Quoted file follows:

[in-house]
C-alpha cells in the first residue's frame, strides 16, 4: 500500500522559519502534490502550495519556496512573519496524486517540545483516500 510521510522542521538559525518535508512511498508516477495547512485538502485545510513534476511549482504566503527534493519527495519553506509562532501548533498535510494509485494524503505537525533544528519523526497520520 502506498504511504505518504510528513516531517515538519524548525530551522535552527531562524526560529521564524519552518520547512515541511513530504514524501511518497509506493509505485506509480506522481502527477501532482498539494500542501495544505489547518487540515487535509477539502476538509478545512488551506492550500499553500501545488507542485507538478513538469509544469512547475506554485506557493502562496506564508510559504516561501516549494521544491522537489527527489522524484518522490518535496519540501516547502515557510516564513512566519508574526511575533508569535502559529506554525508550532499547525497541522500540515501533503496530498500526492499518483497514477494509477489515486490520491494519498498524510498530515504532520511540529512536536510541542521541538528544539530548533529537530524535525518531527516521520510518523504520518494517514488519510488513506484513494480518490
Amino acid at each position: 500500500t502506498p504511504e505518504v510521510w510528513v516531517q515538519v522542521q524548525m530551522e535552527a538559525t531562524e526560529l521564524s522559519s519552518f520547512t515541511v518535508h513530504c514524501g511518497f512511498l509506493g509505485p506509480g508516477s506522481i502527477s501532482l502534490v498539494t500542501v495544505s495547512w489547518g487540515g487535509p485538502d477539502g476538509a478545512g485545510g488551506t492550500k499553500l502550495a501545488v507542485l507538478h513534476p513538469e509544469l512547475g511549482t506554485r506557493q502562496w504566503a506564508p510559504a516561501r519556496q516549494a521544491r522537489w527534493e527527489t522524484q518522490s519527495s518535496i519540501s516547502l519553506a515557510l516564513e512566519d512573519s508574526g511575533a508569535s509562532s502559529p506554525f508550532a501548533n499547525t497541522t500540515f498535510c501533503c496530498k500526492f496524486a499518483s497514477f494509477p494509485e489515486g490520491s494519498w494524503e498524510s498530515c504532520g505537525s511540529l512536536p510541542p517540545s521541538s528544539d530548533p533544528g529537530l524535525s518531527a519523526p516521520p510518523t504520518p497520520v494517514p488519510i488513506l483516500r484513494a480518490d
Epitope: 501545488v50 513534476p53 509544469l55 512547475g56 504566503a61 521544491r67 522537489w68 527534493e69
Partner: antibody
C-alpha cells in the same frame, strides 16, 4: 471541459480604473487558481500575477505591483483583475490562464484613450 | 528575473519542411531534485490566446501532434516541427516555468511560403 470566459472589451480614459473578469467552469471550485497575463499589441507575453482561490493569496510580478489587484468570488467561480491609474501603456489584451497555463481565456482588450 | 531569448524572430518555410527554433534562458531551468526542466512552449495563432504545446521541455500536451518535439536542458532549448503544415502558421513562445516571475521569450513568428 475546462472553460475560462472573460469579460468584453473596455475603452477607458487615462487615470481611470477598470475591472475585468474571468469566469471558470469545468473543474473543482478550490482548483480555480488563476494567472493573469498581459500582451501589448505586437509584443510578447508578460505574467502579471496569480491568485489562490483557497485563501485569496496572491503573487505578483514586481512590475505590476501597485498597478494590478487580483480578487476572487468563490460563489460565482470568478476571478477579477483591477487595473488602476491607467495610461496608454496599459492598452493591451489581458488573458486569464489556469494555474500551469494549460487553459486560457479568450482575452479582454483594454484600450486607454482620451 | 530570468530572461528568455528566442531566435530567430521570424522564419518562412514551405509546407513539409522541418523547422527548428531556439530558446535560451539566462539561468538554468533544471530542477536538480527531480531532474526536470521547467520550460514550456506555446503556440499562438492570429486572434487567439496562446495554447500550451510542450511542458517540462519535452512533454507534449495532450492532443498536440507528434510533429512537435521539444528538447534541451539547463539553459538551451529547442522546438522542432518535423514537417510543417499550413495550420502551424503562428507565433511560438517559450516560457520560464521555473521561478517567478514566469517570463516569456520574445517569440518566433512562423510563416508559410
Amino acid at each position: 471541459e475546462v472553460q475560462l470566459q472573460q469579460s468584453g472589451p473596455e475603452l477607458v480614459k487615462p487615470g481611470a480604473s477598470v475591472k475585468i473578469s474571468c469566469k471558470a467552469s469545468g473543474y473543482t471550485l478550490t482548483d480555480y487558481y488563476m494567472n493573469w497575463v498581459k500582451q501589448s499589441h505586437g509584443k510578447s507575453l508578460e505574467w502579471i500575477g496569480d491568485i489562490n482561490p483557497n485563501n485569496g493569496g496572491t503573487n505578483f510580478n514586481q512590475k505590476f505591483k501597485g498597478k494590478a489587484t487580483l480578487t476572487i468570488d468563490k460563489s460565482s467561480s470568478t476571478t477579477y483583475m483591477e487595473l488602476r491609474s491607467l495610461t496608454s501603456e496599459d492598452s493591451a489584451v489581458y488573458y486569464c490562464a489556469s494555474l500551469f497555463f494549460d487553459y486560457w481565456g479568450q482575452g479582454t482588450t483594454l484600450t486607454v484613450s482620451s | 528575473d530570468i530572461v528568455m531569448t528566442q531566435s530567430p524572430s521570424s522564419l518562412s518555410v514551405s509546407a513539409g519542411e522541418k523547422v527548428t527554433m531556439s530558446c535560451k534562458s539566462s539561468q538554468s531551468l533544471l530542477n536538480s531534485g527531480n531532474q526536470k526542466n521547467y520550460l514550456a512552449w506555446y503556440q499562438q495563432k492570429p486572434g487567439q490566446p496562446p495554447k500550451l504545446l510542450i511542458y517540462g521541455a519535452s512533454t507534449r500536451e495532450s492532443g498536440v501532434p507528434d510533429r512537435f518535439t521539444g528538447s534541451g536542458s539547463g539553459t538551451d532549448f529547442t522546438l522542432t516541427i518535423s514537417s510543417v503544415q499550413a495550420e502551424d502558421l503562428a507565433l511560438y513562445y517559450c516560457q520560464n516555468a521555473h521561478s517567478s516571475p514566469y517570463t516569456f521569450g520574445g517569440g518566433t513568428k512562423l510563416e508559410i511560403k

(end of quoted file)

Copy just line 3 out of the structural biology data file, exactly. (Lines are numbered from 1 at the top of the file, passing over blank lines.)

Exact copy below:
Amino acid at each position: 500500500t502506498p504511504e505518504v510521510w510528513v516531517q515538519v522542521q524548525m530551522e535552527a538559525t531562524e526560529l521564524s522559519s519552518f520547512t515541511v518535508h513530504c514524501g511518497f512511498l509506493g509505485p506509480g508516477s506522481i502527477s501532482l502534490v498539494t500542501v495544505s495547512w489547518g487540515g487535509p485538502d477539502g476538509a478545512g485545510g488551506t492550500k499553500l502550495a501545488v507542485l507538478h513534476p513538469e509544469l512547475g511549482t506554485r506557493q502562496w504566503a506564508p510559504a516561501r519556496q516549494a521544491r522537489w527534493e527527489t522524484q518522490s519527495s518535496i519540501s516547502l519553506a515557510l516564513e512566519d512573519s508574526g511575533a508569535s509562532s502559529p506554525f508550532a501548533n499547525t497541522t500540515f498535510c501533503c496530498k500526492f496524486a499518483s497514477f494509477p494509485e489515486g490520491s494519498w494524503e498524510s498530515c504532520g505537525s511540529l512536536p510541542p517540545s521541538s528544539d530548533p533544528g529537530l524535525s518531527a519523526p516521520p510518523t504520518p497520520v494517514p488519510i488513506l483516500r484513494a480518490d